What Are Mosquitoes?

    MosquitoMosquitoes are not only blood suckers from humans and animals but are also responsible for the transmission of certain diseases, of which some of them can be fatal. Mosquitoes have piercing and sucking mouthparts. They are attracted to their hosts once they detect warmth, moisture from the body and carbon dioxide being breathed out. Sweat on human bodies may also be an attractant.

    Female mosquitoes are the blood suckers.

    Irritation usually arises when the female injects saliva into the skin to serve as an anticoagulant to keep the blood flowing. The female requires a blood meal before she can lay eggs, which are placed on the surface of water. These then hatch into aquatic larvae or ‘wrigglers’ which feed on minute organic particles in the water. When fully grown they pupate into mobile pupae known as ‘tumblers’. The adult mosquito that hatches from the pupa has long leg and one pair of wings. The male mosquito is not a blood sucker; however they feed on plant secretions. The life cycle of a mosquito can be completed within a week, but is usually longer. During that time mosquitoes can spread over several kilometres.

    Millions of lives are lost annually throughout the world by diseases transmitted by the female mosquito. There are several types of diseases which are transmitted:

    • Protozoan diseases such as malaria
    • Worm diseases such as filariasis and dog heart worm
    • Virus diseases such as dengue fever yellow fever, Murray Valley encephalitis and Ross River (epidemic polyarthritis) viruslitis and Ross River (epidemic polyarthritis) virus

    What Kinds of Mosquito Species Are There?

    The average homeowner will not be able to identify the many species of mosquitoes which occur in Australia. Some diseases are specific to certain mosquito species which are found in Australia. Some of these are listed below:

    • Brown House Mosquito, likely the carrier of filariasis and dog heartworm
    • Common Banded Mosquito, likely carrier of Murray Valley encephalitis, dog heartworm and Ross River fever.
    • Domestic Container Mosquito is a carrier of myxomatosis and dog heartworm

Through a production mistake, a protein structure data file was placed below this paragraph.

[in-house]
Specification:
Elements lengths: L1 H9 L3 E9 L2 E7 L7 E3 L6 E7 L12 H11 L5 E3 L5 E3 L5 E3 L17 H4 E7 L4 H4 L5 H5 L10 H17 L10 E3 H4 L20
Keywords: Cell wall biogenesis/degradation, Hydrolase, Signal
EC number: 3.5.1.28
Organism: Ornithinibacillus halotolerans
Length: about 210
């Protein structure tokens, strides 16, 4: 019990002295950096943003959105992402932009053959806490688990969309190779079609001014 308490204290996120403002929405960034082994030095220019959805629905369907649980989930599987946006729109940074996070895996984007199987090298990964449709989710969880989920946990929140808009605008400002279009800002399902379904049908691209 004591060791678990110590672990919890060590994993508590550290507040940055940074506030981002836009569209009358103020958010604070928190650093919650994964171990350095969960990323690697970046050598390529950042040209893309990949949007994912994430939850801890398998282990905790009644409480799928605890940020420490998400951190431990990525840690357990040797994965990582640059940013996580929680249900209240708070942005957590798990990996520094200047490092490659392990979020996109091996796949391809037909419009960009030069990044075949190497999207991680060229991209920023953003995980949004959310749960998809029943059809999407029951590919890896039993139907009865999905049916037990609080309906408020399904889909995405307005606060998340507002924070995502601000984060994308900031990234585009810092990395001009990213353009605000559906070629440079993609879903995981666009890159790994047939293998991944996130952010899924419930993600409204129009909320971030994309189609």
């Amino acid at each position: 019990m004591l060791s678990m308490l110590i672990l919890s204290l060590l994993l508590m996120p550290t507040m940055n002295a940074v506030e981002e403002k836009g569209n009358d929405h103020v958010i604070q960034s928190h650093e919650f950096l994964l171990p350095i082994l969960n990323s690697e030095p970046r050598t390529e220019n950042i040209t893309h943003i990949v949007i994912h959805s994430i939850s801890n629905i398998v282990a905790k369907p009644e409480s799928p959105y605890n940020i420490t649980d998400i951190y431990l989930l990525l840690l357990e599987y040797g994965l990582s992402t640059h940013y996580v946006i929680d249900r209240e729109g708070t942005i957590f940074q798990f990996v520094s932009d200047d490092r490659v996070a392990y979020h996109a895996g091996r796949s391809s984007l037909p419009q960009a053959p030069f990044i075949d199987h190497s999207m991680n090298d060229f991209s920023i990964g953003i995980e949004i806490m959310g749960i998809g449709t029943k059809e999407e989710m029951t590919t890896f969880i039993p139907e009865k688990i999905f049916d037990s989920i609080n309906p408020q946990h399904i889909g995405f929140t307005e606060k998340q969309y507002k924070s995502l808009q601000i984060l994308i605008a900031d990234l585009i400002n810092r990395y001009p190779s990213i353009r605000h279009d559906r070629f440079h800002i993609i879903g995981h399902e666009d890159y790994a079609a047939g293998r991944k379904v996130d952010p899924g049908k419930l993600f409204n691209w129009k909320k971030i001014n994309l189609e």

• Dengue Mosquito is a carrier of dengue fever and dog heartworm
    • Common Australian Anopheline is a likely carrier of myxomatosis, malaria and filariasis

    How Do You Get Rid Of Mosquitoes?

    1. The most effective way to get rid of mosquitoes is to reduce the number of breeding sites. This can be anywhere or anything that holds stagnant water such as pools, dams, swamps, fish ponds, blocked gutters, pot plants, etc.
    2. Installation of door and window insect screens can help keep mosquitoes from entering a home or commercial premises.
    3. Chemical application to surface areas where mosquitoes rest or harbour.
    4. Install electric mosquito traps or bug zappers
    5. Citronella candles, sandalwood sticks, mosquito coils, citronella oil burners, etc are all effective deterrents for mosquitoes.
    6. Insect repellents applied to skin and clothing can help prevent mosquitoes from biting.

    Non-Chemical methods

    Non-chemical methods can significantly reduce populations, mainly by the elimination of breeding sites, which can be anywhere water is held such as swimming pools, swamps, dams, rock pools and anything which can hold water for some time. Guttering around a roof that holds old water is a major breeding ground for mosquitoes. Door and window screens affect the entry of mosquitoes into houses, but do not reduce the numbers.

    Chemical methods

    Chemical methods used against the adults and larvae will decrease numbers; however the treatment of larvae will have a greater impact on reducing the mosquito population. Treatment of larvae is often done by applying a thin film of oil on the surface of the water. The oil blocks the breathing tubes of the larvae and pupae.

    Surface sprays of insecticides can be effective for up to a few months. Space sprays of non-residual insecticides can temporarily reduce adult populations inside homes.

    Repellents prepared as lotions and aerosols give protection against mosquito bites for only a few hours. Electric zappers and mosquito coils which produce smoke are mainly used outdoors. Some natural materials such as citronella have short-term repellent effects.

    The elimination of breeding sites is the most effective long term solution.